The defendant held duties under s.27 of the Work Health and Safety Act 2011 being an officer of a company conducting a business or undertaking – a commercial dairy.
One of the company's workers was a 60 year old maintenance person (an experienced fitter and turner/boiler maker) whose work included use of plant owned by the defendant company. On 4 February 2016 the worker was removing a fan from an electric motor assisted by other workers. The worker tried a number of methods to remove the fan however was unsuccessful. The worker then decided to use an angle grinder and asked another worker to obtain it from inside a cupboard.
The angle grinder was a Bosch 230 mm (9”) angle grinder with attachments including an oversized abrasive cutting disc/cut off wheel. It did not have a guard attached to it. The disc attached to the grinder was incompatible in that it was oversized. At some stage, the grinder had been modified to fit the larger disc. It was not known who modified or authorised the modifications to the grinder. The grinder was owned by the defendant company.
In the process of cutting bolts from the fan, the cut off wheel affixed to the plant shattered into several shards fatally striking his chest area.
WHSQ commenced an investigation. It was found that the hazard was not adequately assessed prior to allowing workers to perform work in that there was a failure to adhere to the Operator's Manual. A regime for inspection of plant did not exist at the workplace.
Prosecution submitted the system of work for the task was totally inadequate and that the defendant did not have an inspection regime in place relating to plant. The risk was able to be eliminated or minimised. It was obvious, foreseeable and preventable through implementation of simple control measures. An exercise of due diligence on the part of the defendant would have seen the right system in place, and the company meet its duties.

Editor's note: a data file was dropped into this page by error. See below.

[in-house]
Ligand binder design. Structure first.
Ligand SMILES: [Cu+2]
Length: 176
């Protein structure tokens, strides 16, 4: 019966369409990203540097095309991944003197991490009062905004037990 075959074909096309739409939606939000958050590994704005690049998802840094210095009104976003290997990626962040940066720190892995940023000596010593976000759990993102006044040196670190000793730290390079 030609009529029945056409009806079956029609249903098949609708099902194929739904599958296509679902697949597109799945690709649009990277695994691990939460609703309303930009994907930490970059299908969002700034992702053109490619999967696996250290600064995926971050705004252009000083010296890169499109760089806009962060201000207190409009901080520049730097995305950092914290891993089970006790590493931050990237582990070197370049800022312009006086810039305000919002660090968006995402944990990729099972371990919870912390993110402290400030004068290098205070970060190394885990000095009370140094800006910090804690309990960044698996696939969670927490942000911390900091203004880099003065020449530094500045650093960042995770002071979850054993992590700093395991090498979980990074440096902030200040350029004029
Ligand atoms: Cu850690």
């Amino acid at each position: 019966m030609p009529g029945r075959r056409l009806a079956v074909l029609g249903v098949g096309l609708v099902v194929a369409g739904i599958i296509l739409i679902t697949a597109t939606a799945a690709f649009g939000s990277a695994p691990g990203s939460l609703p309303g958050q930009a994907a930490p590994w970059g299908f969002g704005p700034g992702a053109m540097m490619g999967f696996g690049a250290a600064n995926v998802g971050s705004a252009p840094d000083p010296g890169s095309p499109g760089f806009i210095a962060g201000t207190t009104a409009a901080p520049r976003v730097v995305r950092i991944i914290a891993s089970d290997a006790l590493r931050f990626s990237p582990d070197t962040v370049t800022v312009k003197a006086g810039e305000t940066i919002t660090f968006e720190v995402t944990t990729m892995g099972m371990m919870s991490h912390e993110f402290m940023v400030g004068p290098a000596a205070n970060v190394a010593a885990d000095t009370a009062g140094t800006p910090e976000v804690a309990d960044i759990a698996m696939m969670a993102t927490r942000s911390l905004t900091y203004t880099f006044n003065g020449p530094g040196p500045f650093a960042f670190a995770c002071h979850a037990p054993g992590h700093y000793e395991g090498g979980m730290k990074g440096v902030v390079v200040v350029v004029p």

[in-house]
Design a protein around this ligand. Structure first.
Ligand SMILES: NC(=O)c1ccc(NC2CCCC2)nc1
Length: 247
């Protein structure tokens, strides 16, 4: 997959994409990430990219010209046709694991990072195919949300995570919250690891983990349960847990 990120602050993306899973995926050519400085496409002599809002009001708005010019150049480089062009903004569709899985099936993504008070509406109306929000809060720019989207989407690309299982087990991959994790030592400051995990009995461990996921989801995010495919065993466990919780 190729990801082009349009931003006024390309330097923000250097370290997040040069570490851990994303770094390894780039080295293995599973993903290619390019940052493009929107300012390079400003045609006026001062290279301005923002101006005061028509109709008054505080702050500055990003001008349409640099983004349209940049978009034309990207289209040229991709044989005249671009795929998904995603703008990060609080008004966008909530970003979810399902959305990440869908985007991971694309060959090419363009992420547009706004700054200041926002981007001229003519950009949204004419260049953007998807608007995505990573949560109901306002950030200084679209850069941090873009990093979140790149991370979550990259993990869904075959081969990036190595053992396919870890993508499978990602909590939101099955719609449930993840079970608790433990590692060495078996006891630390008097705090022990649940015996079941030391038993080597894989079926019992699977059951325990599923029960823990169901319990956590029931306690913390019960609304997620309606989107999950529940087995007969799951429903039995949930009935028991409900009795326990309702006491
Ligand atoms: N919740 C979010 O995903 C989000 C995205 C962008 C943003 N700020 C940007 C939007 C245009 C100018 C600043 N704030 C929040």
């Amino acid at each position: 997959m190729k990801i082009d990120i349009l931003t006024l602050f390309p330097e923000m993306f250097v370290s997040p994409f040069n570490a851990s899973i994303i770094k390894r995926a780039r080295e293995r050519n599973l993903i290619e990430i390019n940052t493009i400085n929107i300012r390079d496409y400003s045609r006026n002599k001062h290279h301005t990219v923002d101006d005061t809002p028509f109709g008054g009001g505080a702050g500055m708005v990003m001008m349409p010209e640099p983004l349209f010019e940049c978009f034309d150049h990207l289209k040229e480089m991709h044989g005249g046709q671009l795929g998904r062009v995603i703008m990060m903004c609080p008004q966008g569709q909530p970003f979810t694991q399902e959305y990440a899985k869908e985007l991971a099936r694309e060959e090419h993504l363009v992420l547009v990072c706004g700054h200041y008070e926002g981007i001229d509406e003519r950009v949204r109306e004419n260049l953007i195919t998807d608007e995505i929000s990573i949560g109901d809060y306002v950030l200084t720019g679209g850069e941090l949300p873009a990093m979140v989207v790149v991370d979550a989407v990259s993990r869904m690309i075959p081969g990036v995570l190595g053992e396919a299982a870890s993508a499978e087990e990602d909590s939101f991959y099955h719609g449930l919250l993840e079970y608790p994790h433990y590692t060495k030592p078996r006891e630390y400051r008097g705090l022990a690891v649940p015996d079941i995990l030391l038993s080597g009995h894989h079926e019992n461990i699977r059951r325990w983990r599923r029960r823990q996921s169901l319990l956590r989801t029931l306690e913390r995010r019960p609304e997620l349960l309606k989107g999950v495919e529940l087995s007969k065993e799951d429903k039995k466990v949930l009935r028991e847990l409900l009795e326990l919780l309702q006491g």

The defendant pleaded guilty in the Maroochydore Magistrates Court on 9 June 2017 to breaching s.32 of the Work Health and Safety Act 2011, having failed to meet his duty of due diligence to ensure the company met its work health and safety duties.
Magistrate Annette Hennessey made a s.239 order that the defendant not offend against the Work Health and Safety Act 2011. No conviction was recorded.
Her Honour found that there was no regime in place for inspection of plant, particularly power tools. The incident occurred in a workshop where the angle grinder was readily available. The risk was obvious, foreseeable and the steps to eliminate it were available. Post incident, the defendant ensured the company made significant changes. On that basis, specific deterrence was of lesser importance.
In deciding penalty, Magistrate Hennessey took into account the defendant had not been prosecuted previously for any work health and safety breach, co-operated with the investigation and entered an early plea of guilty.
Considerations for prevention
(commentary under this heading is not part of the court's decision)
When working in the Agriculture, Forestry and Fishing industry where there is exposure to risks from incomplete or defective scaffolding, duty holders should consider the following:
- Work Health and Safety Act 2011
- Scaffolding Code of Practice 2009 (PDF, 1.13 MB)
- Managing Risks of Plant Code of Practice 2013 (PDF, 1.04 MB)
- Agriculture, forestry and fishing
- E224158 - Individual
- Date of offence:
- Maroochydore Magistrates Court
- Annette Hennessey
- s.32 of the duty under s.19 Work Health and Safety Act 2011
- Decision date:
- s.239 Court Ordered Undertaking
- Maximum Penalty:
- Conviction recorded:
- CIS event number: